Making Stone Tools / A Non-verbal Process

A super group of videos…

Not a single word is needed to do this or to teach someone else to do this. The “tips” at the end would be demonstrated during the process. Children would see tools and other objects made day in and day out and would naturally copy their elders.

Archaeologists go on and on about how it takes “advanced cognitive skills” (like those needed to push around a shopping cart and swipe a credit card) to create stone tools. I have yet to hear a single researcher mention visual thinking. You can babble at a pile of stones, or another human, all day long, but all that yack-yacking will not produce one stone tool. The earliest stone tools are millions of years old; sophisticated flaked tools (Acheulean) were invented by Homo erectus, not Homo sapiens. Some research indicates that ‘language’ structure had its beginnings in sign language and not in vocalization. Pre and early humans were visual observers,  inventors and communicators – and not at all like modern social humans, who are a very recent “neotenic” variation of Homo sapiens.

All it takes is A FEW adept individuals to preserve techniques and to pass on skills. If a group were lucky, one “genius” might come up with improvements and refinements so that technical advancement could occur – which would probably be forgotten and reinvented many times. And critically, resources in one’s environment dictated solutions: nomadism provided exposure to new raw materials and new people, so “itchy feet” were likely more advantageous than staying in one place too long.

 

 

Lesson about Nature and Evolution / My Pitiful Garden

These photos sum up “flora” in the big scrubland that is southwestern Wyoming and the other desert basins, which compose the “basin and range” geography the American West.

A “lush” scene of sage brush, snakeweed, bunch grasses and weeds in late summer, at just the right moment in evening, when the sun produces “color” in the landscape. I used to differentiate “weeds” from native plants, but just what is native to this place? The idea is a bit preposterous: any “blown in” in or tracked in seed that manages to establish a colony is legitimate: survival, not “social labels” become the measure of successful plant life (and people).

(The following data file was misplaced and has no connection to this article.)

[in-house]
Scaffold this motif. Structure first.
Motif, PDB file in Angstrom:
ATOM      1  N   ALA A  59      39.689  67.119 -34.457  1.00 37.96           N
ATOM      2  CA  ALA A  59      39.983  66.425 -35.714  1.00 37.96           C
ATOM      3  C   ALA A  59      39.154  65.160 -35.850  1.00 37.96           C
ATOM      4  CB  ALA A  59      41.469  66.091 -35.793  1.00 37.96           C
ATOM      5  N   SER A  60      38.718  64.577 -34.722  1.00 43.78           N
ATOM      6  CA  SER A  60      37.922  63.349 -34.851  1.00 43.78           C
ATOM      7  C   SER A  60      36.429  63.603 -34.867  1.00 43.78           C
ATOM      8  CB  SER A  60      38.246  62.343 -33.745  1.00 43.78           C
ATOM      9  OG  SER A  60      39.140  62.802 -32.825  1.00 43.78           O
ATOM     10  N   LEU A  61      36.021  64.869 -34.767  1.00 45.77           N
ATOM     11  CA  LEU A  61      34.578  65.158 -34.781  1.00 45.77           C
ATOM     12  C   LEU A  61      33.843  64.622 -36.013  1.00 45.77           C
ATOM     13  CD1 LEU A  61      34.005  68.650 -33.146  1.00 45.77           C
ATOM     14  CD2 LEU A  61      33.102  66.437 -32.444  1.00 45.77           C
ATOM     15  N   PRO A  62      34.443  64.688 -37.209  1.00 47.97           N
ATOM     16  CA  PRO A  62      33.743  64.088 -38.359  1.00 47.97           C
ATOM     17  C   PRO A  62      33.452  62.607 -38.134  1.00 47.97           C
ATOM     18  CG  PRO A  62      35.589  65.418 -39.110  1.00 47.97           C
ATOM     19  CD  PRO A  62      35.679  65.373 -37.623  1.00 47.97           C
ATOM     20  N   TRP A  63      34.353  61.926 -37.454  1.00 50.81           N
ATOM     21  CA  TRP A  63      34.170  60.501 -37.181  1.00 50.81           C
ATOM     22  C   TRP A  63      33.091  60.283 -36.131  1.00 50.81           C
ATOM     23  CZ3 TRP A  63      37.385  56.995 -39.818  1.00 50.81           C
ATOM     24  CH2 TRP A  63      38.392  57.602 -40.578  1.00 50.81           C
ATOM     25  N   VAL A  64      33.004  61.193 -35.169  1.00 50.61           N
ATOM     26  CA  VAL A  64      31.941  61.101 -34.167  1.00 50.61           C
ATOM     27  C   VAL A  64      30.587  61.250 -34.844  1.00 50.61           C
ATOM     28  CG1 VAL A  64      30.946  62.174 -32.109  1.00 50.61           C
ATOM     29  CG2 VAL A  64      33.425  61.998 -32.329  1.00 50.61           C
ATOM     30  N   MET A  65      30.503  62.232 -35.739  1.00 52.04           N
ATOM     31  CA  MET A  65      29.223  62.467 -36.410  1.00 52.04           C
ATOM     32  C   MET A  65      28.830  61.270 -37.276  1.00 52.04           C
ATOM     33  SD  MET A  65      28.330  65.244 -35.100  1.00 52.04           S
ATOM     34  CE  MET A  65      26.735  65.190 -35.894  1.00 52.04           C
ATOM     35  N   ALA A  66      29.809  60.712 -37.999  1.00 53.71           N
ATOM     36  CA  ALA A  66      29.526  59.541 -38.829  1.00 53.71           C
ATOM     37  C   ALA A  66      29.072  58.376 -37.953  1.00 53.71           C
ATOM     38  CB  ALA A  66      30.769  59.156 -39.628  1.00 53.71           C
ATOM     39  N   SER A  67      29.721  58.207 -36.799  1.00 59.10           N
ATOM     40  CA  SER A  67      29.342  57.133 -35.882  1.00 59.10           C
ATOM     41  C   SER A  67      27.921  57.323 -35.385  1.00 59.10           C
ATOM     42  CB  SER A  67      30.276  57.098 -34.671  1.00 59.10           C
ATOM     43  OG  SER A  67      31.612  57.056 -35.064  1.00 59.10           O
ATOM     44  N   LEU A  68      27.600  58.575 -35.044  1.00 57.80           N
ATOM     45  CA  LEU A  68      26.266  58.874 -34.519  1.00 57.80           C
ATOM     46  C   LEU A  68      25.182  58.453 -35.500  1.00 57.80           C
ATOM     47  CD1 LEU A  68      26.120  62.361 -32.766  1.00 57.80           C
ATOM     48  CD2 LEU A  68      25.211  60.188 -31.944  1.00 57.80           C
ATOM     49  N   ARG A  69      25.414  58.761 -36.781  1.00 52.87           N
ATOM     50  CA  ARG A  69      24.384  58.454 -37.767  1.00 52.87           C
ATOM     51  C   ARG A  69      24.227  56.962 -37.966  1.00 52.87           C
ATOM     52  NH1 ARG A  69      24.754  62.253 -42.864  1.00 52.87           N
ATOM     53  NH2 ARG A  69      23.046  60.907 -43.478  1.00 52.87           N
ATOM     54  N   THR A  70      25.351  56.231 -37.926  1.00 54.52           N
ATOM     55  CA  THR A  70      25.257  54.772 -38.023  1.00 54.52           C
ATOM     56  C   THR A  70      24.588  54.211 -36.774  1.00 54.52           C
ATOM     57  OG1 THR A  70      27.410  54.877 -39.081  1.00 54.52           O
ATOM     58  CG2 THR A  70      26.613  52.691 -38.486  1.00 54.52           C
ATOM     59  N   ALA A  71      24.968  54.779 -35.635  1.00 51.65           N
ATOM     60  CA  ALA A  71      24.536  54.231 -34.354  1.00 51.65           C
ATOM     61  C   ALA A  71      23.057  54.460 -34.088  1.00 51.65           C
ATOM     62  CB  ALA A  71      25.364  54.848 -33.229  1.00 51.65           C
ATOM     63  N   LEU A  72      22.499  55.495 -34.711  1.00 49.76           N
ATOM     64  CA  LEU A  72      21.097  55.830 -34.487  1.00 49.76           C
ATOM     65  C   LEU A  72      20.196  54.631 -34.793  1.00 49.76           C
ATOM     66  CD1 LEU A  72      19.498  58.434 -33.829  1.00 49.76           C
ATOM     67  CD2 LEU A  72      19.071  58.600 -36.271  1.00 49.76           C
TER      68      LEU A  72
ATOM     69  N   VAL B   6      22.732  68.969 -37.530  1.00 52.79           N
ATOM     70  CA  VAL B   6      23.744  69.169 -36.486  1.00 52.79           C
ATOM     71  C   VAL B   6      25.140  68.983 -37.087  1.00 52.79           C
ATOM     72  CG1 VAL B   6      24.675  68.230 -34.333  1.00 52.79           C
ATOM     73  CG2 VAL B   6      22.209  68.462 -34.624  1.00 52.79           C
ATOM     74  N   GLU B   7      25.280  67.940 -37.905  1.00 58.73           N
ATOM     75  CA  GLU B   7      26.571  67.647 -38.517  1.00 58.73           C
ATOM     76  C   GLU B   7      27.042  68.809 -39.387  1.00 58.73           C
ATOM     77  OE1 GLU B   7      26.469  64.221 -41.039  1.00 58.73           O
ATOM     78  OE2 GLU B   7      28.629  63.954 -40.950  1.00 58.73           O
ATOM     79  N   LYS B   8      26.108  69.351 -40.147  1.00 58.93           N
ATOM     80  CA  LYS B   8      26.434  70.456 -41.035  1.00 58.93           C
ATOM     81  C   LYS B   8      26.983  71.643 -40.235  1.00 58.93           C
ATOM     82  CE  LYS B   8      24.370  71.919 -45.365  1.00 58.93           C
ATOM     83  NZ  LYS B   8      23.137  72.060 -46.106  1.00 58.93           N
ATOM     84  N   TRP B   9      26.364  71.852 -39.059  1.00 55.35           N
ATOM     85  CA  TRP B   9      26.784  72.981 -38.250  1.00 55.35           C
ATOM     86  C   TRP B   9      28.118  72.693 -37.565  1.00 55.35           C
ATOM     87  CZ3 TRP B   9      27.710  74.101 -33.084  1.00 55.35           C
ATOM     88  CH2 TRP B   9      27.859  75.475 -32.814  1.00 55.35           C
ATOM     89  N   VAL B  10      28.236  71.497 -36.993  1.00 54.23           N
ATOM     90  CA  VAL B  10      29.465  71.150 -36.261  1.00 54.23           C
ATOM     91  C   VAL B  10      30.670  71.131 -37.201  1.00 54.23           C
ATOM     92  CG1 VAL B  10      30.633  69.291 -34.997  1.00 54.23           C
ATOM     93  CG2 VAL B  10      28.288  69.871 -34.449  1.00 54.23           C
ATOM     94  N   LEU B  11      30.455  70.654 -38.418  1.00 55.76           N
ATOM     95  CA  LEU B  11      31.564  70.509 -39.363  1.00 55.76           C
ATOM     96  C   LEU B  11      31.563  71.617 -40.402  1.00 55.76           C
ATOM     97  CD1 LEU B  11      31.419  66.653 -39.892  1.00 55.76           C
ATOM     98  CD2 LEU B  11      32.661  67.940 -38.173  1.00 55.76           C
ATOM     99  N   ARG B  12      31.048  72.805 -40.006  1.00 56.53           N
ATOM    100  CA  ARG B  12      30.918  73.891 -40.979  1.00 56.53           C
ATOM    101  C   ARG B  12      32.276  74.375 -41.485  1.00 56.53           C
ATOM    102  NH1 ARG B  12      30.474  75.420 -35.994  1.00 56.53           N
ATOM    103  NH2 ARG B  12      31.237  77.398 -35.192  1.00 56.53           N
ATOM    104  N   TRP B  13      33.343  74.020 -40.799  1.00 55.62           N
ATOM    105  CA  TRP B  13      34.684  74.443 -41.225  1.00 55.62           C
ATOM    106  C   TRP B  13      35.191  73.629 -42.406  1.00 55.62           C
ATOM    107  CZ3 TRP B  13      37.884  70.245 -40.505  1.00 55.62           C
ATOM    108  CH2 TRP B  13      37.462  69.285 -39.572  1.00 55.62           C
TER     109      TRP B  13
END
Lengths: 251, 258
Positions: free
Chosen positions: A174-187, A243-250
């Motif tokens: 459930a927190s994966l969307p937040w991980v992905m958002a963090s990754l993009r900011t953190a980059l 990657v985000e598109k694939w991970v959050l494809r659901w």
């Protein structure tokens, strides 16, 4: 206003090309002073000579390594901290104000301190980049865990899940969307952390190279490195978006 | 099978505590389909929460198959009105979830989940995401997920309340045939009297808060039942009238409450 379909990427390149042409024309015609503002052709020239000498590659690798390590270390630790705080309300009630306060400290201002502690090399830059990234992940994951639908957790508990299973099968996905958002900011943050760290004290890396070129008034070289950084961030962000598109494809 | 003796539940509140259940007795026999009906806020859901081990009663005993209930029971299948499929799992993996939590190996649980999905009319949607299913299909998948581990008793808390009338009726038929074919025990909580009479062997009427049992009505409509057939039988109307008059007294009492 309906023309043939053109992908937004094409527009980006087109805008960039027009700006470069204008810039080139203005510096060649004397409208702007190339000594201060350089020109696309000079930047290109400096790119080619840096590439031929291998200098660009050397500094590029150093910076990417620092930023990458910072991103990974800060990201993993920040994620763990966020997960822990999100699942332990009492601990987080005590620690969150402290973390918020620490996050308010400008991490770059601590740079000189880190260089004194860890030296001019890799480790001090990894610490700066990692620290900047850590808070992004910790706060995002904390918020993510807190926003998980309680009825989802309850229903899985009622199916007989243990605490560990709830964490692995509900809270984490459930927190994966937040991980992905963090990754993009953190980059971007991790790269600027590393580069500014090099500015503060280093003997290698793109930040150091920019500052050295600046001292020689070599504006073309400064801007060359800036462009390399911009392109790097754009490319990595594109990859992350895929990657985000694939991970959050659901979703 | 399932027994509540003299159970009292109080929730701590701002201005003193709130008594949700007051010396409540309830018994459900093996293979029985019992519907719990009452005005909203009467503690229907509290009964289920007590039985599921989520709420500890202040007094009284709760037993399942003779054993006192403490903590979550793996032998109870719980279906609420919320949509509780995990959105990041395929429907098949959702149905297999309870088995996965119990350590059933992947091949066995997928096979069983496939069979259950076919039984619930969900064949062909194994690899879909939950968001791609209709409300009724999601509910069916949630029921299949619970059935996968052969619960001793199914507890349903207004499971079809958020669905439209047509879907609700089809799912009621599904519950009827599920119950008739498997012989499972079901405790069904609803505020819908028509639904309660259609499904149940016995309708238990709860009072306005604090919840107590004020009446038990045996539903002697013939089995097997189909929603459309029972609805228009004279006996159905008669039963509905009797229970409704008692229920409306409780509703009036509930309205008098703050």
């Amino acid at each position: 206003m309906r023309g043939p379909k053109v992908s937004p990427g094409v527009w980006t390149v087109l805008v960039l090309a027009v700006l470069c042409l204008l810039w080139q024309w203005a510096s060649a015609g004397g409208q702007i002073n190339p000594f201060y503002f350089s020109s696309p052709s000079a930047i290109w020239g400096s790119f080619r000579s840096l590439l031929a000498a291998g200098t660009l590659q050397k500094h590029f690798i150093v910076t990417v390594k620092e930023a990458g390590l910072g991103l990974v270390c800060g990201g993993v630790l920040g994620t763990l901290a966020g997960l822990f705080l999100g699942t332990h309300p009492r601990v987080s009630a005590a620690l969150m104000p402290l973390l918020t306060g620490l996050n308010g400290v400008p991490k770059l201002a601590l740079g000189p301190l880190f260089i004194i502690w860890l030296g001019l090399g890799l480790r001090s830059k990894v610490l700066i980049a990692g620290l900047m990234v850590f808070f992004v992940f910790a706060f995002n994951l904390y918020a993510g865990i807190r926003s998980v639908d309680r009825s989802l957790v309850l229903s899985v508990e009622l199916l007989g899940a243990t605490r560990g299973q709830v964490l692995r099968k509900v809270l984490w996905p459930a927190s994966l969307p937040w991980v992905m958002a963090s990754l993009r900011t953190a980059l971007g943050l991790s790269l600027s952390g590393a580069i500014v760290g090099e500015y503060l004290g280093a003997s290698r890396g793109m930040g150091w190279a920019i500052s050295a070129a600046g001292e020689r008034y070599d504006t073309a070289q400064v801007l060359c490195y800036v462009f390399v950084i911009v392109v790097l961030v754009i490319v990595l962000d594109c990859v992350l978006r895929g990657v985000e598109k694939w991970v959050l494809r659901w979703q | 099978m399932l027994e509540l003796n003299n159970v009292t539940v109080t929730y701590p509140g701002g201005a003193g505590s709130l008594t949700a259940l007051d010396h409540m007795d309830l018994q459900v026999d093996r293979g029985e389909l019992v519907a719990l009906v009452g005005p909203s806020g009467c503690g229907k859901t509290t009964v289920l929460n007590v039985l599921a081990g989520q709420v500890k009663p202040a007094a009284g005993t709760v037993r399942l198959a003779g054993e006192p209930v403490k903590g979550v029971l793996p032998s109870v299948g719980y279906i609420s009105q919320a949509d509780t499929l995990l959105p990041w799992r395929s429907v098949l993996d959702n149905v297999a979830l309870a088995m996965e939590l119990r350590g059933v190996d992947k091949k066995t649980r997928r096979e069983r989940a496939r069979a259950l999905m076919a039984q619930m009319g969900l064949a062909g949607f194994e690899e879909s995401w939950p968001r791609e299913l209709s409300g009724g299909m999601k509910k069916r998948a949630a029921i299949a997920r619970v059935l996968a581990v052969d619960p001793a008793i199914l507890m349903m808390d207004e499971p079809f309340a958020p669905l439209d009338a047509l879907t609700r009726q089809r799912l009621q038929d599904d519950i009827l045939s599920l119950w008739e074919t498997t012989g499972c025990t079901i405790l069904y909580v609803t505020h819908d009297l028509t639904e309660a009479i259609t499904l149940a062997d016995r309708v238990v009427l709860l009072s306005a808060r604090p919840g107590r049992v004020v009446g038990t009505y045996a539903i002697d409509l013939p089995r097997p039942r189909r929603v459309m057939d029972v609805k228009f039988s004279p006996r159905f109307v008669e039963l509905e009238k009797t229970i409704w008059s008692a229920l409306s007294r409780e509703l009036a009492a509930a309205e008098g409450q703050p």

When I moved to town 22 years ago, the yard of the house was packed mud, as were many other “lawns”. I wanted to do something with this blank canvas, but didn’t have any money to spare or a place to by “real” plants, shrubs, trees and perennials. Any existing landscaping in the neighborhood was typical – lawns and lilacs; fir trees and spring fruit trees that bloomed like crazy but were not orchard varieties; no edible fruit produced. Chinese elms (now that’s a weed!) proliferate in town, along with renegade forms of domestic plants gone wild – planted many decades ago, the most rugged specimens have been selected by the merciless environment and are all but indestructible.

Up close, the countryside reveals some lovely plants; not at all like domestic garden types, but interesting. And of course, rocks; a never-ending supply of metamorphic cobbles washed down from the mountains during glaciations and rounded and polished to perfection, and slabs of sandstone broken out of deep outcrops by freeze and thaw leverage, and strewn about by gravity. These I dragged home, a few each day, as I wandered around getting to know my new homeland.

Metamorphic “texture” visible in a river cobble

Fossil rain drops prints – small puddles in sandstone

I learned that sage brush can be transplanted; necessity revealed how to do it. A single large sage brush is impossible to dig up. The roots extend for many feet – a tap root straight down into the earth and many more that travel under the surface horizontally. But, the small extensions that pop up around the main plant can be easily pulled from sandy areas with roots intact. I literally planted dozens of these, to ensure that one or two survived. I didn’t amend or improve the soil (there wasn’t any). The differences between “wild and domestic plants” was soon obvious; how much water would the sage and Artemisia, globe mallow and flax, and unidentified “others” tolerate? And which plants would simply not transplant at all, and require starting from seeds?

Shadscale leaf – flower – seed

A weed that I used to bad-mouth until I discovered that it’s seeds feed a host of small birds all winter.

I collected desirable seeds whenever they appeared; the desert plants have their own timing due to the sporadic delivery of rain, so I stripped handfuls – some plants produce seeds that look like small flowers or parts of branches. In imitation of “nature” I tossed them randomly about the lot and forgot about them. It was then a surprise to discover something growing at all.

Eventually a proper nursery opened in town, where I supplemented the donations of iris from neighbors, and I fell into the “domestic trap” of wanting cut flowers. At first, perennials thrived, especially ground covers rooted between cobbles that made up the “rock garden” and other traditional flower producers. But – plants that are perennials in less tortured climates proved to be biennials in most cases; even hardy iris, having their tubers or roots “freeze-dried” by our cold dry winters.